megmedina.com
candlewick.com

Buy from Amazon.com

Find this review on Sonderbooks at www.sonderbooks.com/Childrens_Fiction/merci_suarez_plays_it_cool.html

Disclosure: I am an Amazon Affiliate, and will earn a small percentage if you order a book on Amazon after clicking through from my site.

Disclaimer: I am a professional librarian, but the views expressed are solely my own, and in no way represent the official views of my employer or of any committee or group of which I am part.

What did you think of this book?

Review of Grandmother School, by Rina Singh and Ellen Rooney

Grandmother School

by Rina Singh and Ellen Rooney

Orca Book Publishers, 2020. 32 pages.
Review written September 11, 2020, from a library book

Grandmother School is a picture book based on the true story of a school in India that was made especially for the grandmothers in that village.

The story is told by a little girl who walks her Aaji to Grandmother School.

Aaji started school a year ago. My teacher said almost everyone in the village could read, write and count except for all of the grandmothers.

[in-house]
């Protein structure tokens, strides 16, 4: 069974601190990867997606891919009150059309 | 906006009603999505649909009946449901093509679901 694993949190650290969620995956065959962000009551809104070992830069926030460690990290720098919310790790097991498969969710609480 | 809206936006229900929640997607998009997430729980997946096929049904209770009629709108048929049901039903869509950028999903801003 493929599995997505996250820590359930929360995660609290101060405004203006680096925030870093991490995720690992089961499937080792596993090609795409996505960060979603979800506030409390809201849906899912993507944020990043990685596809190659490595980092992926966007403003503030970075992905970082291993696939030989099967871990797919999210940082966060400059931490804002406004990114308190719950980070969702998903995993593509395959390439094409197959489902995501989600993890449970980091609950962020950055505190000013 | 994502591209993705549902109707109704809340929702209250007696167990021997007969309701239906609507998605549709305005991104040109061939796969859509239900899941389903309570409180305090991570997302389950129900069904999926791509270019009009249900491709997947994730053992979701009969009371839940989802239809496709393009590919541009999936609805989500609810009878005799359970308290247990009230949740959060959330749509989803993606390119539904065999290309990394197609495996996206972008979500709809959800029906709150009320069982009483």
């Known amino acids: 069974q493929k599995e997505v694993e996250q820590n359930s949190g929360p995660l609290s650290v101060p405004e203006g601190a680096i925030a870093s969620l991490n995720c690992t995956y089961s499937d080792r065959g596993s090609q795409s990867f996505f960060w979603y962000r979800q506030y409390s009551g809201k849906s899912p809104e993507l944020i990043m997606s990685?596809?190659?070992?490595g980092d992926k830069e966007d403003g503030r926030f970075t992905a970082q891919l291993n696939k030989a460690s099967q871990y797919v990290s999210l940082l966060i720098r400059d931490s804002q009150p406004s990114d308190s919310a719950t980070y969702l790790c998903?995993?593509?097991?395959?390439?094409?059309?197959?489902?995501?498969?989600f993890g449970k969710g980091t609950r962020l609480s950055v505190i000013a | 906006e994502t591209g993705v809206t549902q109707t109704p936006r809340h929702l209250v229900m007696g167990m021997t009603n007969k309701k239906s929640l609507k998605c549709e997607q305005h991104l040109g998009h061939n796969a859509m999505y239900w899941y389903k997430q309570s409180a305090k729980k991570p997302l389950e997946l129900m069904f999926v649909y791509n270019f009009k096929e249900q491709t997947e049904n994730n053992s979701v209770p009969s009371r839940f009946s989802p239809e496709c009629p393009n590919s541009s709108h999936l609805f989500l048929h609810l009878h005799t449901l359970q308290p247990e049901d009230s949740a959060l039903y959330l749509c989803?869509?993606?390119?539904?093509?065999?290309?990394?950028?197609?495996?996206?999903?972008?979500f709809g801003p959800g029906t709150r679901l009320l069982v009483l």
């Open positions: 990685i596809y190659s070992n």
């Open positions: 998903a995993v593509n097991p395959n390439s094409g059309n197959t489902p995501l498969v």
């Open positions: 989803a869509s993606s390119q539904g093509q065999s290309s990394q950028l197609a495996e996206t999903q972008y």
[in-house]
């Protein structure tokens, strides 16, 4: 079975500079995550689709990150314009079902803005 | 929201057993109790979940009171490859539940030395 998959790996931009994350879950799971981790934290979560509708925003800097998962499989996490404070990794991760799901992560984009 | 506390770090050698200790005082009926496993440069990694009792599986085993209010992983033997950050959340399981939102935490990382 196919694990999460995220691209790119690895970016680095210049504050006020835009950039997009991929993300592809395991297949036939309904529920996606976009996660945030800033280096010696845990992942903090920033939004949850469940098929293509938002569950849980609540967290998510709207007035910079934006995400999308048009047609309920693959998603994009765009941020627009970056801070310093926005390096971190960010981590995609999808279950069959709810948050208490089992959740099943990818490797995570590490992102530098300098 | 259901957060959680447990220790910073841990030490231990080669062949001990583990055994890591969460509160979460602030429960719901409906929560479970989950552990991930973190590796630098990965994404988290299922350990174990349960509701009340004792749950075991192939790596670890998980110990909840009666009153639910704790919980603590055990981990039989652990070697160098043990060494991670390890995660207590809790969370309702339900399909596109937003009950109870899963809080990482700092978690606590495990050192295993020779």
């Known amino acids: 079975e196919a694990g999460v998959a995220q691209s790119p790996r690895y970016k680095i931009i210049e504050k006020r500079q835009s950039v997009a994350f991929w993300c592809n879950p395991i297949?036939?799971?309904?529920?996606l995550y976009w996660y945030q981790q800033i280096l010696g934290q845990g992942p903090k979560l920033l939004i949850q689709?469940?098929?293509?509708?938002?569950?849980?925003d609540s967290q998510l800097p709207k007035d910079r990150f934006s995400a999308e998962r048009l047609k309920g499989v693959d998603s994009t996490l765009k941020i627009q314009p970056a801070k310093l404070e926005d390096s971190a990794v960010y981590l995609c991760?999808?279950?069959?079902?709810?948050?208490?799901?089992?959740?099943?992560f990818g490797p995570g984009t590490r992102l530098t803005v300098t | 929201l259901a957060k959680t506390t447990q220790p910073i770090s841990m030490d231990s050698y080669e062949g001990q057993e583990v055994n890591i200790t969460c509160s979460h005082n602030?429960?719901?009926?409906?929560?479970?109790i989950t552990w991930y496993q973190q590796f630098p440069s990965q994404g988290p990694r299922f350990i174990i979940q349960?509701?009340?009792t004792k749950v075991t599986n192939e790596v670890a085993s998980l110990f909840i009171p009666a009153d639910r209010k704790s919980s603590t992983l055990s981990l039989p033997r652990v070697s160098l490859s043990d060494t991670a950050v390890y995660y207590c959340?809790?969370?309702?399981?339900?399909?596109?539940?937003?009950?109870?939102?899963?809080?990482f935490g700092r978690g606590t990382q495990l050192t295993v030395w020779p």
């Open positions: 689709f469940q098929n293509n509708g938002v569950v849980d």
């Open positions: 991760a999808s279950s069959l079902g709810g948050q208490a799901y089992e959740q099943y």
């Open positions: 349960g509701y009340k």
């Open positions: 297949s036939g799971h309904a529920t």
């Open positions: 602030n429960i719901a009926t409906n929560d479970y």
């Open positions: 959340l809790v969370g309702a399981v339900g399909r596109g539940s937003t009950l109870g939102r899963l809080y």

So he built Aajibaichi Shala – Grandmother School.

Ajoba – my grandfather – shook his head and said that learning at this age was a waste of time, but most of the people in the village were happy for the grandmothers.

When Aaji first learned to spell her name, she did a little dance.

The book shows Aaji with daily tasks made simpler, and happy in her new-found knowledge. Her granddaughter helps her with homework and they have a new bond together, since they are both students.

This lovely picture book celebrates the joy and power that come from learning as well as the love between a grandmother and granddaughter.

orcabook.com

Buy from Amazon.com

This review is only on the blog

Disclosure: I am an Amazon Affiliate, and will earn a small percentage if you order a book on Amazon after clicking through from my site.

Source: This review is based on a library book from Fairfax County Public Library.

Disclaimer: I am a professional librarian, but the views expressed are solely my own, and in no way represent the official views of my employer or of any committee or group of which I am part.

What did you think of this book?